Tea made its way to Japan late in the sixth century, along with Buddhism. A Japanese monk by the name of Saicho (767 to 822 AD) brought a few tea shrubs from China and planted them at the base of the sacred Mt. Hiei.

Devonshire Scream by Laura Childs

Devonshire Scream (A Tea Shop Mystery #17)Devonshire Scream by Laura Childs ( Number 17)

My rating: 5 of 5 stars

Theodosia Browning. owner of The Indigo Tea Shop, is back with her trusty tea sommelier, Drayton and genius pastry chef, Haley.

In this book, number 17 in the Tea Shop Mystery series, Theodosia is catering an event at Heart’s Desire Fine Jewelry. Surrounded by gorgeous, very high priced and even rare jewels showcased by collectors, museums and the creme de la creme of Charleston society.

Theodosia is just beginning to have a look around when the sound of breaking glass and screams fill the air.
Masked robbers storm the store quickly and make off with the gems leaving destruction along with a dead body.

Although Theodosia is reluctant to get involved with the investigation, a promise is a promise and as we all know Theodosia is well known for getting to the heart of a murder even if it means putting herself in danger. As she snoops and pries information out of our favorite detective Tidwell, as well as the FBI, she is still going full speed running her tea shop.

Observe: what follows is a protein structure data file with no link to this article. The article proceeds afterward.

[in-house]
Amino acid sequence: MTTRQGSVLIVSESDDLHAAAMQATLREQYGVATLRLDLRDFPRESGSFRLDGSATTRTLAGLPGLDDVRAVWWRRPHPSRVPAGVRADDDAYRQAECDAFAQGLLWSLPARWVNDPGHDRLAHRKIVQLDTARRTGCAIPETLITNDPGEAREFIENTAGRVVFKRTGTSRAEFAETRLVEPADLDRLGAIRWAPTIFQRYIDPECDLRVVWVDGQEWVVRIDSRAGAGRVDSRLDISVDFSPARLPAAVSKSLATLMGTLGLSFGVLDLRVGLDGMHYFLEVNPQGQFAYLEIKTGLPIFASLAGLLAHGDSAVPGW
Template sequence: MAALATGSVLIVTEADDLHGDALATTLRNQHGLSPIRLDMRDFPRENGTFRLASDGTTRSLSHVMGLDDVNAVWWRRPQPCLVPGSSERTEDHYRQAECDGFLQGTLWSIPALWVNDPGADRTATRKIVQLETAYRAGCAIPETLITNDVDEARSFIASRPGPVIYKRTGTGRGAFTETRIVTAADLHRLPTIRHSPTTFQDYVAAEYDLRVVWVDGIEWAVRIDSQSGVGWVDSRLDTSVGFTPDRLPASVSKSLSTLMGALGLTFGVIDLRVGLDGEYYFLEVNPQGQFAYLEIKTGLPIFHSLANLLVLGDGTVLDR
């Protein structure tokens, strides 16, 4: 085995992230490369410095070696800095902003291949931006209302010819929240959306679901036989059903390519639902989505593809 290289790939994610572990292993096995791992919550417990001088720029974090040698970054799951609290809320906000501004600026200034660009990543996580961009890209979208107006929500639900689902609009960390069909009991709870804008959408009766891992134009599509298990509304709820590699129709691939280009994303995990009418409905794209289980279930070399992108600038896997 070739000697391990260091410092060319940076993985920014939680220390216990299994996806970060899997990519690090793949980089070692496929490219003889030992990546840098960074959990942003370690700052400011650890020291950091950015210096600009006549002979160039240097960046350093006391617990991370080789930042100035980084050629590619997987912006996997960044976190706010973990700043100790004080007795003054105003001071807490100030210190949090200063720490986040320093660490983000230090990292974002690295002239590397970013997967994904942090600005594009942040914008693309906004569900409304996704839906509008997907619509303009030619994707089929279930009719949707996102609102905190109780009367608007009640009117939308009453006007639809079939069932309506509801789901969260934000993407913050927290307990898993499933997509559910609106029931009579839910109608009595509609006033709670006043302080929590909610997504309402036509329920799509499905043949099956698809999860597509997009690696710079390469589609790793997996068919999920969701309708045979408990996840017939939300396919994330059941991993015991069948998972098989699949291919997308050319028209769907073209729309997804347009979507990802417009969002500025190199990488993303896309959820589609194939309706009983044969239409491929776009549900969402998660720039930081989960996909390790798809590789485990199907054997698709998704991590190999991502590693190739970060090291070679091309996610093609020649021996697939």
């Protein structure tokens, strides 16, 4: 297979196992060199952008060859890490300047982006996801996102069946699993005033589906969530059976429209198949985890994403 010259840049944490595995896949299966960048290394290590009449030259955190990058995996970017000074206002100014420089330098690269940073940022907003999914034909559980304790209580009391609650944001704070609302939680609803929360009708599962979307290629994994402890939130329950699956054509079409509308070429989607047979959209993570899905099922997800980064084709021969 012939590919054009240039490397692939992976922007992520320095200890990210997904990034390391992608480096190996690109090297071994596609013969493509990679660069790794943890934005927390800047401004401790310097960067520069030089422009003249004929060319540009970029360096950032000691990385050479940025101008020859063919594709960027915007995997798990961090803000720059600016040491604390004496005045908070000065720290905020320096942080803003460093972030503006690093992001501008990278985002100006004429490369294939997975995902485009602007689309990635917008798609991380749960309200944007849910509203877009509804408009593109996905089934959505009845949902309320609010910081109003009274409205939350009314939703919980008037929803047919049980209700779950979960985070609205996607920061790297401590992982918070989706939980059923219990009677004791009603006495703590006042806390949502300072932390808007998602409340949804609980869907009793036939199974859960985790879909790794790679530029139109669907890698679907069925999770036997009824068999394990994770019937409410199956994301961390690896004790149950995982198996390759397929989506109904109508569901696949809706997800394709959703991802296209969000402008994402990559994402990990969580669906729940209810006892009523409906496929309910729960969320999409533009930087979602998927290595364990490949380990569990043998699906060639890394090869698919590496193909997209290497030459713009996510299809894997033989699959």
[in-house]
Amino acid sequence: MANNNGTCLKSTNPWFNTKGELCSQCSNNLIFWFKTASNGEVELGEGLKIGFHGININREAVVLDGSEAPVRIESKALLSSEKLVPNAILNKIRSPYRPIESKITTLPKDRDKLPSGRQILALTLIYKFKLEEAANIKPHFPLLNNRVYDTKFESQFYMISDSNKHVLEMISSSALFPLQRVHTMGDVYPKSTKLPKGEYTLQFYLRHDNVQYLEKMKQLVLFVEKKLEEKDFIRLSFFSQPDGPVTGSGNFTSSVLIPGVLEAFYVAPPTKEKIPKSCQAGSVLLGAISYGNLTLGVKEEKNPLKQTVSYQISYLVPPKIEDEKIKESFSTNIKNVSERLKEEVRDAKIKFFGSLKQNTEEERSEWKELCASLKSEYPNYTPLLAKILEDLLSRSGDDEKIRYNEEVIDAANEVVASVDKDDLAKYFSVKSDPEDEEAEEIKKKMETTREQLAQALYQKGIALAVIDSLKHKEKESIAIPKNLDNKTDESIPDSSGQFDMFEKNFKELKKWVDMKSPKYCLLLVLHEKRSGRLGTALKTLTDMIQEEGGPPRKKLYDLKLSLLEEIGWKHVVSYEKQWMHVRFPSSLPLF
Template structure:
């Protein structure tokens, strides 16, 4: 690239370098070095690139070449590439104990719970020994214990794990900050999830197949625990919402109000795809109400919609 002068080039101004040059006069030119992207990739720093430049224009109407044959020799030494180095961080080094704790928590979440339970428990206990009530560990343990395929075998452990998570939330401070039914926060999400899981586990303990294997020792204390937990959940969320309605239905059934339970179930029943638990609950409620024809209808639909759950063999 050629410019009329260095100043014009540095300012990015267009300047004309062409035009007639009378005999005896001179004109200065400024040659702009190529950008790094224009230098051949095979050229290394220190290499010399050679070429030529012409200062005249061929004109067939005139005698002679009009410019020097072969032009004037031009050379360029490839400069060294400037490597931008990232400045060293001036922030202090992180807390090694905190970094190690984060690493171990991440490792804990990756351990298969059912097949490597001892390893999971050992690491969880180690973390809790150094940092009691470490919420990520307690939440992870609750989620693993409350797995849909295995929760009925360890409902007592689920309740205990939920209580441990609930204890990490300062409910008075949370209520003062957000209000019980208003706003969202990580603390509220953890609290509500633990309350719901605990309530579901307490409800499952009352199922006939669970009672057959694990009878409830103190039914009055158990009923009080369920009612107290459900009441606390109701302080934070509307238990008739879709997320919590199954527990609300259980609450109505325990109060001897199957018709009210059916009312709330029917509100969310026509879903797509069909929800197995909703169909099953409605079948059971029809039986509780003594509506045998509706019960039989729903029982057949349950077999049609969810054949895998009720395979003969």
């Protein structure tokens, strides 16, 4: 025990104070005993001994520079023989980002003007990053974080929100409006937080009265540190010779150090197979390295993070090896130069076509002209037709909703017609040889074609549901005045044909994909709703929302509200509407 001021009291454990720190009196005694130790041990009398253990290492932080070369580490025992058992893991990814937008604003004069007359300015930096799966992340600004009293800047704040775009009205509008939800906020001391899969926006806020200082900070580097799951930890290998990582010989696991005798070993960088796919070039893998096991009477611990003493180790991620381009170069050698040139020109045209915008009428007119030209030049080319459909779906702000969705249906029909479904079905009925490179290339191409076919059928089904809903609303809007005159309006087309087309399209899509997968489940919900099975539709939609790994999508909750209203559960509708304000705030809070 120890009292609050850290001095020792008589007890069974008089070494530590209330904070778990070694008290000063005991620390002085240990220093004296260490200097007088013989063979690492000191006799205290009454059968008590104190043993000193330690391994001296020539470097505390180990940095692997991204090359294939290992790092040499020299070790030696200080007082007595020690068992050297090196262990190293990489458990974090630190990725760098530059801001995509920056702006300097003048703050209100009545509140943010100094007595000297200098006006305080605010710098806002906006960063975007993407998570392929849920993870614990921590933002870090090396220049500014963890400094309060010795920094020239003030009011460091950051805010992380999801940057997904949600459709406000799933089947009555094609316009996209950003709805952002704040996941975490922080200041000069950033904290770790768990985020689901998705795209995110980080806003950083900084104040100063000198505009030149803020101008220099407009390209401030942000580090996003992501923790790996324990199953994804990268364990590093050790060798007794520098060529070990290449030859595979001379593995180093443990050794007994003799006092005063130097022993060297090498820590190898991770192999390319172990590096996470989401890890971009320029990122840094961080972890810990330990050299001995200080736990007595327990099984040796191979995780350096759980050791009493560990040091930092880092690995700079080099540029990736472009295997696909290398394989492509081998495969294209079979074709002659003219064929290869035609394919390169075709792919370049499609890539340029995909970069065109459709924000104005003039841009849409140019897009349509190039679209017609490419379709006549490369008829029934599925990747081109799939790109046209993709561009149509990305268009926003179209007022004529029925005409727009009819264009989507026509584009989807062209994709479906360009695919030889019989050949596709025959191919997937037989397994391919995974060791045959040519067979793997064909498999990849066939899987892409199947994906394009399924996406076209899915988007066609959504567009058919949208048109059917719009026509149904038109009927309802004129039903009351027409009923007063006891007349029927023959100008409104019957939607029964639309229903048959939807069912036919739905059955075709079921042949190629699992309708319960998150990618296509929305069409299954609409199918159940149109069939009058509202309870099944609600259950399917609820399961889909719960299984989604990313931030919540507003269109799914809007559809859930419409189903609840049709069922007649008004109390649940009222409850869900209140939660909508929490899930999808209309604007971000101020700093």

Laura Childs is the New York Tmes bestselling author of not only The Tea Shop Mystery series, but also The Scrapbooking Mysteries with the lovely Carmela as well as The Cackleberry Club Mysteries.

I have read all of both The Tea Shop Mysteries and The Scrapbooking Mysteries and I love them. Ms.Childs gives us such wonderful descriptions of Charleston for The Tea Shop Mysteries along with all the recipes that Haley has whipped up in the story, as well as how to host your own themed teas. In The Scrapbooking Mysteries we learn about New Orleans and scrapbooking, with tips and recipes as well as projects. These truly are the perfect cozy mysteries.

On a final note, the author ( writing under her real name, Gerry Schmitt ) is giving us a brand new series starring female protagonist Afton Tangler. From the sneak peek it looks like a real suspense thriller!

I received this book from my local library.

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Welcome!

Welcome to my little corner of the world. A place to share all things Tea and Tales that celebrate all things cozy!  I have been a life long collector of teacups, teapots and everything tea related, including books about tea.

I wanted a place to talk about tea, see some wonderful books about tea or just share my massive collection of both.  I hope you enjoy my virtual Tea Room!teacupwreath

I think my boyfriend thought I was taking up too much shelf space, so a few years back he absconded with some of my pieces and had a lovely woman at a tea room we frequent, make this wreath for me. The inspiration came from Laura Child’s Tea Shop Mystery books which we’ll talk more about. Enjoy!